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Sarah Jack

Sarah joined the WBRCP in 2001 after excavating at the ancient Maya site of Caracol. She returned in 2002 as a junior staff member, both as excavation supervisor (at Caracol and Actun Chapat) and as archaeological illustrator.

Sarah obtained her BA (Hons) in Archaeology & Anthropology from Oxford University, England. Her main field experience consists of one month with the Belize Tourism Development Project (2001); two WBRCP seasons (2001, 2002); an Oxford University training excavation at the Romano-British site of Marcham/Frilford (2002); and excavation at Pompeii, Italy, with the Deutsches Archäologisches Institut (2002).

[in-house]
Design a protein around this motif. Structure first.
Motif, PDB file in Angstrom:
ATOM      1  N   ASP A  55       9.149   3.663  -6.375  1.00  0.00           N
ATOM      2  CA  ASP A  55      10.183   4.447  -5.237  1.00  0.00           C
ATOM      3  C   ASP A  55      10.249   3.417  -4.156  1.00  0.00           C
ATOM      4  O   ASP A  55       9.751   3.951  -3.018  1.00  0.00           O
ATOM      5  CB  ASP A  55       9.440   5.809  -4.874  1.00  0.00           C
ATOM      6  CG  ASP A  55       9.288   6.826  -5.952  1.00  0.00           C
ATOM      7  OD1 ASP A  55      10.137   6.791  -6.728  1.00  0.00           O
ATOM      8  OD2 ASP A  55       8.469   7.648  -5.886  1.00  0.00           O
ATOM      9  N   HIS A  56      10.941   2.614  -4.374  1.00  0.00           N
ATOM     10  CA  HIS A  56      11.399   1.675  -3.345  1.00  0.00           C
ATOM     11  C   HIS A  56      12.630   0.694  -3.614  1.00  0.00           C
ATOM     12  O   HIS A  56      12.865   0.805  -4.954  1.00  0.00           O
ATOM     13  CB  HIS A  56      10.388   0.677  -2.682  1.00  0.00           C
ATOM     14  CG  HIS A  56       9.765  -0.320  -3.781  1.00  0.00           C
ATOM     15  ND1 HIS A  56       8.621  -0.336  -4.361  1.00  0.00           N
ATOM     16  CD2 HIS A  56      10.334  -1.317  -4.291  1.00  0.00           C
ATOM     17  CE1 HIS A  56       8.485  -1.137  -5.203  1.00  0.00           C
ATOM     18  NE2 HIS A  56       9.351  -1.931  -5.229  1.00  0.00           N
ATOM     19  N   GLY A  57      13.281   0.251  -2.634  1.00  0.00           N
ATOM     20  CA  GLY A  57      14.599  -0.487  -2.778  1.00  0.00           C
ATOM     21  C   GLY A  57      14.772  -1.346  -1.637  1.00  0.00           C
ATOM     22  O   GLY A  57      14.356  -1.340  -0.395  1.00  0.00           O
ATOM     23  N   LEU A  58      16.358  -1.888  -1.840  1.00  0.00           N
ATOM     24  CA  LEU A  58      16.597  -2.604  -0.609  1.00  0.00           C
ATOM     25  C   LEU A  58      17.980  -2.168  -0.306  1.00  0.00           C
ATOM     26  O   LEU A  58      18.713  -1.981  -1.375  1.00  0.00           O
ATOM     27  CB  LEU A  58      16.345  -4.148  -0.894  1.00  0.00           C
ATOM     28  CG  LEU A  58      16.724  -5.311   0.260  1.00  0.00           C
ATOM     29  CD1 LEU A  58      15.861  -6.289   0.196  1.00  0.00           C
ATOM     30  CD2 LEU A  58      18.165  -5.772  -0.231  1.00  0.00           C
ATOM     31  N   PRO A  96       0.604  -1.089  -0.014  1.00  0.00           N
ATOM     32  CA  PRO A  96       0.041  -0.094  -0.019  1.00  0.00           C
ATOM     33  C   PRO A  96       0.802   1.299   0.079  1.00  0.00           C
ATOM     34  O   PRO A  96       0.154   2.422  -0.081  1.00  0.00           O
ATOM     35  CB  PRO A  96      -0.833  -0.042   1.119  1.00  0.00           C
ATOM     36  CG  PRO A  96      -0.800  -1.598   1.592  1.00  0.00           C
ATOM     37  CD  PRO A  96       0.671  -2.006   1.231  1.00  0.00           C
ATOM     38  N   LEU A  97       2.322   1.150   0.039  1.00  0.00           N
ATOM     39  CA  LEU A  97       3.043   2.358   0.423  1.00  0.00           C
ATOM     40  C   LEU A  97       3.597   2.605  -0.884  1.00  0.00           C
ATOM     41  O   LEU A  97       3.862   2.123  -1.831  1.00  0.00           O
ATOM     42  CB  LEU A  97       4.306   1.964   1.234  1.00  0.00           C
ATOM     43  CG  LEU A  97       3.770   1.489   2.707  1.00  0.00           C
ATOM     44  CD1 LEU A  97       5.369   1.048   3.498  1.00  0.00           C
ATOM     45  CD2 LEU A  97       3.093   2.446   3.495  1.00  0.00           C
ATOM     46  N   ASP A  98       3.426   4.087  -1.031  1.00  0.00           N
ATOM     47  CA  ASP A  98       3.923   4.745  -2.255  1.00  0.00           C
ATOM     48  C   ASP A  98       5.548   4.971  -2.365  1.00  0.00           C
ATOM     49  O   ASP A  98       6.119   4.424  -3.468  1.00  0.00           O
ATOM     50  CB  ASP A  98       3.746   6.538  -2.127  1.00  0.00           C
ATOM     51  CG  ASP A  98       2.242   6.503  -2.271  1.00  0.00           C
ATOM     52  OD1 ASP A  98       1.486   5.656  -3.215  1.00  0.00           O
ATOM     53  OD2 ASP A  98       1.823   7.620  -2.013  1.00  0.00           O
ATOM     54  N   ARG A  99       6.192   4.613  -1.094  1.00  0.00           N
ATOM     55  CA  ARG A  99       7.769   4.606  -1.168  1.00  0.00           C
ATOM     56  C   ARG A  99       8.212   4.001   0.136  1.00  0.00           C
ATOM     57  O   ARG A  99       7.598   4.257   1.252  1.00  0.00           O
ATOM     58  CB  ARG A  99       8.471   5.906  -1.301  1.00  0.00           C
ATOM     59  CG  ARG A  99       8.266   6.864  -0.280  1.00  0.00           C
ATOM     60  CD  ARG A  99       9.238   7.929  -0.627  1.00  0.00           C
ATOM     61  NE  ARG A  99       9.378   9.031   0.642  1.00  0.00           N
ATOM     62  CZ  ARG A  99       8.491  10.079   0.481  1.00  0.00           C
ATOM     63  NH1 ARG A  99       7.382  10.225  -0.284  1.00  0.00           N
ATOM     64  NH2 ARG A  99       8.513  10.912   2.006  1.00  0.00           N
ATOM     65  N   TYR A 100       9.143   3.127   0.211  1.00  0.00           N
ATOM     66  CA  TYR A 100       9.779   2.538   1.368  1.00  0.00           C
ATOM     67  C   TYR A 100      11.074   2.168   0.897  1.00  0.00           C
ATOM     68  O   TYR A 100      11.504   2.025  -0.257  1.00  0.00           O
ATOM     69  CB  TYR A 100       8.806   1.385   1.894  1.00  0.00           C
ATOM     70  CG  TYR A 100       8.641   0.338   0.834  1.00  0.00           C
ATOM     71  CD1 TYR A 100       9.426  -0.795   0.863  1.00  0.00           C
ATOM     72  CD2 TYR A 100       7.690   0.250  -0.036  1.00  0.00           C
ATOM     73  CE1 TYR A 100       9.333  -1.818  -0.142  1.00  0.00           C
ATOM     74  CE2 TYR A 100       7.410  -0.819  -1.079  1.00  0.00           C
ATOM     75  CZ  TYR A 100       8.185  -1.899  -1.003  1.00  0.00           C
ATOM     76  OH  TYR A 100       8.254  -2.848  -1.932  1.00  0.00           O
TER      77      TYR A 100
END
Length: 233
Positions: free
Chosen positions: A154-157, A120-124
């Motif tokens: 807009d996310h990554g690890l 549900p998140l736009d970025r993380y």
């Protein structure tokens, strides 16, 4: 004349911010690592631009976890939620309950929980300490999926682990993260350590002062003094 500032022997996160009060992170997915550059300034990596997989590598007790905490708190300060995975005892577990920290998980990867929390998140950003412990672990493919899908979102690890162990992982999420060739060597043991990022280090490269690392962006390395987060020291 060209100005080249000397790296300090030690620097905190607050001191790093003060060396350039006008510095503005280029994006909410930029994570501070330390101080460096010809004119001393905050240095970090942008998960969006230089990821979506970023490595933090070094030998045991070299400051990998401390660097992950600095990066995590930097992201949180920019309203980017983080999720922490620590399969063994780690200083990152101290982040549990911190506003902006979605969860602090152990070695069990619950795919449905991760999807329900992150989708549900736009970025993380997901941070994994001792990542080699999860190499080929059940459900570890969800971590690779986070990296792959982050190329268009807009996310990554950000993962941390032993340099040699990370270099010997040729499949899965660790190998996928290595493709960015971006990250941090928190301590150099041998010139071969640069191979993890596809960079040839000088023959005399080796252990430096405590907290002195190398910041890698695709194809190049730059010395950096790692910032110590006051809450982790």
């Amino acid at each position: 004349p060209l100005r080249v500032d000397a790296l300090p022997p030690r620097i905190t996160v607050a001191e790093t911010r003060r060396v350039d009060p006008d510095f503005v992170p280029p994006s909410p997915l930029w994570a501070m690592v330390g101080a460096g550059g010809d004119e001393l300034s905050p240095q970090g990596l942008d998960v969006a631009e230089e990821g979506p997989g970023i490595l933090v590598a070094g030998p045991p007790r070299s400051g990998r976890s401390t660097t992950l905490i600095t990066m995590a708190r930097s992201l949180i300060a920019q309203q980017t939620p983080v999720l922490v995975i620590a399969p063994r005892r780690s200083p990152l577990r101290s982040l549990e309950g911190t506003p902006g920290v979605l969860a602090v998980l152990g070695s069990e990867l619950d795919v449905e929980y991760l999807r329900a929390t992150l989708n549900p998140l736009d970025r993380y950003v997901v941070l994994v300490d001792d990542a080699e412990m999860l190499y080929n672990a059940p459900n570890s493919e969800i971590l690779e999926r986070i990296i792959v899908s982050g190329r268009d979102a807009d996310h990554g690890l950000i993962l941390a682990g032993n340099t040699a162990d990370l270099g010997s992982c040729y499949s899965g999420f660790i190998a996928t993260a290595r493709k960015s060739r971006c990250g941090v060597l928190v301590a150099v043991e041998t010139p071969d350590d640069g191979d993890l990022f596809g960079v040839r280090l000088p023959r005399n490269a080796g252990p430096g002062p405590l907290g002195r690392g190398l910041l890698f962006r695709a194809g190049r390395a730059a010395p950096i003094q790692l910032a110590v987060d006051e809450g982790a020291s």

During the 2003 season Sarah undertook research for her undergraduate thesis on ancient Maya cave interments. Once back in England, she undertook carbon and nitrogen isotopic analysis on ancient Maya bone collagen at the Research Laboratory for Archaeology and the History of Art (Oxford University) to establish diet of individuals over the last five-ten years of their lives. Using this evidence, she was able to isolate preliminary patterns pertaining to social class and diet (based on the skeletal individuals) and assessed what implications this may have had for our understanding of ancient Maya cave use.